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Comparing high-end vs budget cartesian robots

Now, you'll want to determine how much you can afford – or would want – to spend. 

As we’ve established, cartesian robots can range from a few thousand dollars up to hundreds of thousands of dollars for large industrial models.

Let’s take a look at a comparison:

Smaller desktop models

If you're a hobbyist, educator or small business, a small desktop cartesian robot is probably a safer choice. These typically range from $2,000 to $10,000. 

Popular models in this range include the Dobot Magician and uArm Swift Pro

These are perfect for learning robotics, light assembly tasks or DIY projects. They offer basic features like 3 or 4 axes of motion, simple programming software, and a compact, desktop-friendly size.

Mid-size industrial robots

For many small manufacturers, a mid-size cartesian robot in the $10,000 to $50,000 range fits the bill. These provide higher precision, more power, and greater flexibility for moderate automation projects. 

Brands like Epson, Yamaha, and Denso are well-known for fast, durable cartesian robots at the higher end of this range.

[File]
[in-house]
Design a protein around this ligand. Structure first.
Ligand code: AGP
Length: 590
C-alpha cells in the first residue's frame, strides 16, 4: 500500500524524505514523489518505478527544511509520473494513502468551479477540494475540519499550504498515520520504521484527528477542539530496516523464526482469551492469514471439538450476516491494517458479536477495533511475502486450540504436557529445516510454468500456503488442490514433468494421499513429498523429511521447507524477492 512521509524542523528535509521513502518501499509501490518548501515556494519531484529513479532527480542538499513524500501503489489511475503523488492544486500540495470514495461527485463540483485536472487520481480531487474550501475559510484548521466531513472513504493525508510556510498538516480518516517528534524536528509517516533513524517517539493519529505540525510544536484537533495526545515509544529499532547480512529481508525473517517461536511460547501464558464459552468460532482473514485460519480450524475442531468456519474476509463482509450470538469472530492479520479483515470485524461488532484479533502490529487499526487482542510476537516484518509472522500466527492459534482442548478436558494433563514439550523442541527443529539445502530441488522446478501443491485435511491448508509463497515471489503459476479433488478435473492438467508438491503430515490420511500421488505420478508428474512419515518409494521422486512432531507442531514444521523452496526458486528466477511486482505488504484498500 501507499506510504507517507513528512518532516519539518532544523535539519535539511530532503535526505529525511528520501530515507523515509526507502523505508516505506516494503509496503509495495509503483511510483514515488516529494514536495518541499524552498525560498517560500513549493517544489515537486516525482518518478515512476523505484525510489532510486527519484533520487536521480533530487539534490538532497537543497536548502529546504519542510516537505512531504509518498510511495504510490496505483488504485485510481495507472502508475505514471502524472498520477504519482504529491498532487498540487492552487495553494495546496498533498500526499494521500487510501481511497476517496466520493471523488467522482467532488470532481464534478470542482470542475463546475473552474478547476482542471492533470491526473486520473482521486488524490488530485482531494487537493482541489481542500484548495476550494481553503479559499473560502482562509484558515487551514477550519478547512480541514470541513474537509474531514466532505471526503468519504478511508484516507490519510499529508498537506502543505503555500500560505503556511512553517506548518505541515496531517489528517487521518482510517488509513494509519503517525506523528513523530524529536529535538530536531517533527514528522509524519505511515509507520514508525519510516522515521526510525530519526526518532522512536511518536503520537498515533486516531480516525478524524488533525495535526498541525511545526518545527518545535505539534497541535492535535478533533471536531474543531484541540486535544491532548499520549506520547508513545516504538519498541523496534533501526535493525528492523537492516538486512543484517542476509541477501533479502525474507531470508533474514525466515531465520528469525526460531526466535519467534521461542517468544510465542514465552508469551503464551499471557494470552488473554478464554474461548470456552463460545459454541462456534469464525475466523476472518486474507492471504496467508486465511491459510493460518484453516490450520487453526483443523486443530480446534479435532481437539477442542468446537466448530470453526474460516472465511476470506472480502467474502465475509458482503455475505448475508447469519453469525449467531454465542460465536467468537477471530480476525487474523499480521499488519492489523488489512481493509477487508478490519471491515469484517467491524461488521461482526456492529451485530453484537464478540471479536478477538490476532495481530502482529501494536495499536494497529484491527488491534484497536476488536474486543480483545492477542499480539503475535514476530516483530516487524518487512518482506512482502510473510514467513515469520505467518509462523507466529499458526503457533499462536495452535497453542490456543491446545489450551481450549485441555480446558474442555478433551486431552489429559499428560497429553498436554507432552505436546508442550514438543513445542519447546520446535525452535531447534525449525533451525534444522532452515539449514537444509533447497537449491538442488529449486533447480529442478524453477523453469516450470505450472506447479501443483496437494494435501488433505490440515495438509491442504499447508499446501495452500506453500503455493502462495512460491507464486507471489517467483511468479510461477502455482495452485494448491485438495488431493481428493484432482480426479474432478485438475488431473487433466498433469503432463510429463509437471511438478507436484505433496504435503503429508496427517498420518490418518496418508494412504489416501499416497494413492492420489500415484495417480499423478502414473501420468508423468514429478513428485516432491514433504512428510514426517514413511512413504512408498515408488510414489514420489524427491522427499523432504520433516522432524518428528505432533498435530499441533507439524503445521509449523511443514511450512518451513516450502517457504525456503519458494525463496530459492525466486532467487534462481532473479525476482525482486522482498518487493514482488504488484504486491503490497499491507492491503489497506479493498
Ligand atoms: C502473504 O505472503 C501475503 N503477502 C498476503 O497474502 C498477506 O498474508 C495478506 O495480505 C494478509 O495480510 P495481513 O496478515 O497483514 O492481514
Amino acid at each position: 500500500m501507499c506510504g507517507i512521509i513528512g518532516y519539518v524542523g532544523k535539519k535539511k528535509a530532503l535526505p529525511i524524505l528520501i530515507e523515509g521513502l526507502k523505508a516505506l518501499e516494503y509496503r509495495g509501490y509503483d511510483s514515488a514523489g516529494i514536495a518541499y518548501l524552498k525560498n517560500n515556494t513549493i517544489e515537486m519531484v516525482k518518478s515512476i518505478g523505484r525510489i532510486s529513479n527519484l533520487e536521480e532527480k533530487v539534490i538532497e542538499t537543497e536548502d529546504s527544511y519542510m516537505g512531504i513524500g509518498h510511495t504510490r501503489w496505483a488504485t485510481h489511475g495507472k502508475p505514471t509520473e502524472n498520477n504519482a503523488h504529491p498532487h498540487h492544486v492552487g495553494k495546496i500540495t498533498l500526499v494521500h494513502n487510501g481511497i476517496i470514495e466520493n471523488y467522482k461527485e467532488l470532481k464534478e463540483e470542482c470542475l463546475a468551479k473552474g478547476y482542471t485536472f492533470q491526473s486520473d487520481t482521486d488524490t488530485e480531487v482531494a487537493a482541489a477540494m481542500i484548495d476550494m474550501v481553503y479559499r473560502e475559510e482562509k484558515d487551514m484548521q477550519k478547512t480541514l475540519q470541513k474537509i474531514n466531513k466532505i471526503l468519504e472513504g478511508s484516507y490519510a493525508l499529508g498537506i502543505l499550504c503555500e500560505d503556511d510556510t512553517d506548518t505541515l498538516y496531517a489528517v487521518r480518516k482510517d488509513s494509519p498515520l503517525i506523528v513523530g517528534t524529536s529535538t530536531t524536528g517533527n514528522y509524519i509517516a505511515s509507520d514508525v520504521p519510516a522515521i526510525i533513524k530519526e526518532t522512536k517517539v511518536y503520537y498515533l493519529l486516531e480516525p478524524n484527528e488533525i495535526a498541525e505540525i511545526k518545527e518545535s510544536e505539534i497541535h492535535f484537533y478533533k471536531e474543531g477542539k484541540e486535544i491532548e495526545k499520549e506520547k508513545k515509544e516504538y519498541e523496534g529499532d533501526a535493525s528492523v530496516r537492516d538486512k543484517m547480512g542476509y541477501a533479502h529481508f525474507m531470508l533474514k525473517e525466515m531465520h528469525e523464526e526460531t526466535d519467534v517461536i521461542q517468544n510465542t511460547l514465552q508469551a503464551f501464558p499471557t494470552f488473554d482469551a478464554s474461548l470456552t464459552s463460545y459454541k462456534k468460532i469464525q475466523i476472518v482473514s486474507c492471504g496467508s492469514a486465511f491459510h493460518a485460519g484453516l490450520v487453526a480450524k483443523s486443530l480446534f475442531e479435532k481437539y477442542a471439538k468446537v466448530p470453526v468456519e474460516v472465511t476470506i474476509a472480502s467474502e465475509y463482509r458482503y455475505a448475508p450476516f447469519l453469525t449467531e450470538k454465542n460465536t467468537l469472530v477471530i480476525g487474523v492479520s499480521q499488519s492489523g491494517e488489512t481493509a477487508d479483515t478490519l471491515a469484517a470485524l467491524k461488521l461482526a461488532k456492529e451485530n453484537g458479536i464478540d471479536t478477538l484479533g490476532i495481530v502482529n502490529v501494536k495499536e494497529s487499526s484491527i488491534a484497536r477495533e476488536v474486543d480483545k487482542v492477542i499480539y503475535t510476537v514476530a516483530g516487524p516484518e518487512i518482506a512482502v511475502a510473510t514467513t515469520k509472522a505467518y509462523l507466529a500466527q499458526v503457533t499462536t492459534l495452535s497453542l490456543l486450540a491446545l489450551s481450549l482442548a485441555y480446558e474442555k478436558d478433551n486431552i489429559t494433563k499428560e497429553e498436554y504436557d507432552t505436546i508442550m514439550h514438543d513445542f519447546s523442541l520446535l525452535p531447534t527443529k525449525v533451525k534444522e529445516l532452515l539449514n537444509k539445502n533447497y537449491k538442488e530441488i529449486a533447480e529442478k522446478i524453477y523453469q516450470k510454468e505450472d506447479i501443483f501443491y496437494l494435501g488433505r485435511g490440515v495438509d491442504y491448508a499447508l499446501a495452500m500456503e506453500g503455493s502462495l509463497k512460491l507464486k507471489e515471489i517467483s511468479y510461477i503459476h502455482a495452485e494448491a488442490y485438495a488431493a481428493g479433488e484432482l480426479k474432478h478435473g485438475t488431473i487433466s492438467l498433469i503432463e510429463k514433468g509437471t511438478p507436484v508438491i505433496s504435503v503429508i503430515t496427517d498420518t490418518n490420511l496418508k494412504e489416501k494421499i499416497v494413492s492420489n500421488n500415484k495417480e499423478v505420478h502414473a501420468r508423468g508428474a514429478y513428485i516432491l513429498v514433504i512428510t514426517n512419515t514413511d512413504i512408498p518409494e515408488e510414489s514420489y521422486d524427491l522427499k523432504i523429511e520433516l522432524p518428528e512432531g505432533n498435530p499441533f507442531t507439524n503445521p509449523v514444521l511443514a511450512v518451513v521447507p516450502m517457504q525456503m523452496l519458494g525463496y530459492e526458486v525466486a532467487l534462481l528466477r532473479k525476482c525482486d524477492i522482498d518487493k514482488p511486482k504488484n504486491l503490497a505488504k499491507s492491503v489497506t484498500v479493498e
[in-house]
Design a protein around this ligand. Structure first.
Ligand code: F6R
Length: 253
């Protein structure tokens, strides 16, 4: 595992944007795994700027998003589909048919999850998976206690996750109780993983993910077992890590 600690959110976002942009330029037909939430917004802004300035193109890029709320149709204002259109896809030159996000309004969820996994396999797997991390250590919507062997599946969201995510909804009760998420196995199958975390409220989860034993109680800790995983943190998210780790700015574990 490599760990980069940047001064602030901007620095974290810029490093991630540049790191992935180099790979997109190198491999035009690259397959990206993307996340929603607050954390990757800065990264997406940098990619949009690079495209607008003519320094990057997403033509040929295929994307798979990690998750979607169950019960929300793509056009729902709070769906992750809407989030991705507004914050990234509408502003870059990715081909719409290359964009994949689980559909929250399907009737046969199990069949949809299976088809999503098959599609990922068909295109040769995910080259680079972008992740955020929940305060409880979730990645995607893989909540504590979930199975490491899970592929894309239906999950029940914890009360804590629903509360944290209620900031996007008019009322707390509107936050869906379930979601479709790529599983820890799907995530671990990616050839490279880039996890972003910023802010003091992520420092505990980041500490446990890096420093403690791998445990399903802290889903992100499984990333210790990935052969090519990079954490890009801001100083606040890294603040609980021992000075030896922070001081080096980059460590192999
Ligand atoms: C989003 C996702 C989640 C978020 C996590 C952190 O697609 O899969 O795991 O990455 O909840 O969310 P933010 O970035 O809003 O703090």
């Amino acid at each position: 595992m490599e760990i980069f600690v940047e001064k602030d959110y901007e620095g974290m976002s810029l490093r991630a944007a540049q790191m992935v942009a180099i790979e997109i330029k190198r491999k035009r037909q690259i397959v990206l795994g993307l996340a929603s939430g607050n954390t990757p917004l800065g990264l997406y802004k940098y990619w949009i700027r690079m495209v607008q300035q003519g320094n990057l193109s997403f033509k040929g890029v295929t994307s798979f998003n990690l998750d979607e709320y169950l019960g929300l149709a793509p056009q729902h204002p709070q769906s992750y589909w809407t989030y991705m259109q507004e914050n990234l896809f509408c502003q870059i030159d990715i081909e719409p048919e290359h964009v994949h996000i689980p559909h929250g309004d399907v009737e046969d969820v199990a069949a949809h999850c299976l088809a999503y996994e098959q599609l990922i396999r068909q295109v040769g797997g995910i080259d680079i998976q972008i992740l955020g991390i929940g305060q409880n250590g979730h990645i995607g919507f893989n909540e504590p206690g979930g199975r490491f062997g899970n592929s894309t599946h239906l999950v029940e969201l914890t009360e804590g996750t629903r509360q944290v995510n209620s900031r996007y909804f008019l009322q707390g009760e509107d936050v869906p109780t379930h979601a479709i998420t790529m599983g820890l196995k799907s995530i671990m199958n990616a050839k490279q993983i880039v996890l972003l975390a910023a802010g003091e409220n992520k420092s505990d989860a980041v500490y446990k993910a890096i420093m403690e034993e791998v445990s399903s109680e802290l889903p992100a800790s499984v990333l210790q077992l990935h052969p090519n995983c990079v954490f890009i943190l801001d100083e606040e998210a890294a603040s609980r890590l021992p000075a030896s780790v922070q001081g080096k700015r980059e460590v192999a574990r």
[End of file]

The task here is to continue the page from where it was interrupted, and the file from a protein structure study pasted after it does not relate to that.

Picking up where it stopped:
These robots can handle much higher payloads of up to 100 kg and offer features like conveyor tracking, machine vision, and force control.

Larger-scale automated bots

If high throughput, heavy payloads, or fully automated systems are what you need, you’ll be looking at an investment of $50,000 or more. 

In this space, you’ll want to look into major brands of heavy-duty cartesian robots, such as ABB, KUKA, FANUC and Yaskawa. 

These industrial robots are designed for demanding, high-volume applications in sectors like automotive manufacturing, warehousing, and logistics

Six-figure price tags are common, yes, but so are fast cycle times, high precision, advanced software integration, and years of reliable operation.

Summing up

You don't have to open a second business just to fund your new cartesian robot. 

With the right research and planning, you can find an affordable model to suit your needs, whether you're an aspiring maker or an experienced industrial manufacturer.

Getting the features you want at the right cost just takes some savvy shopping. With the Cartesian design, you get an adaptable and useful robot without having to spend a million bucks. 

This careful budgeting can put this tech within reach. The benefits? All-around increased productivity and throughput, reduced risk of worker injury, and, of course, major profit increases! 

Next steps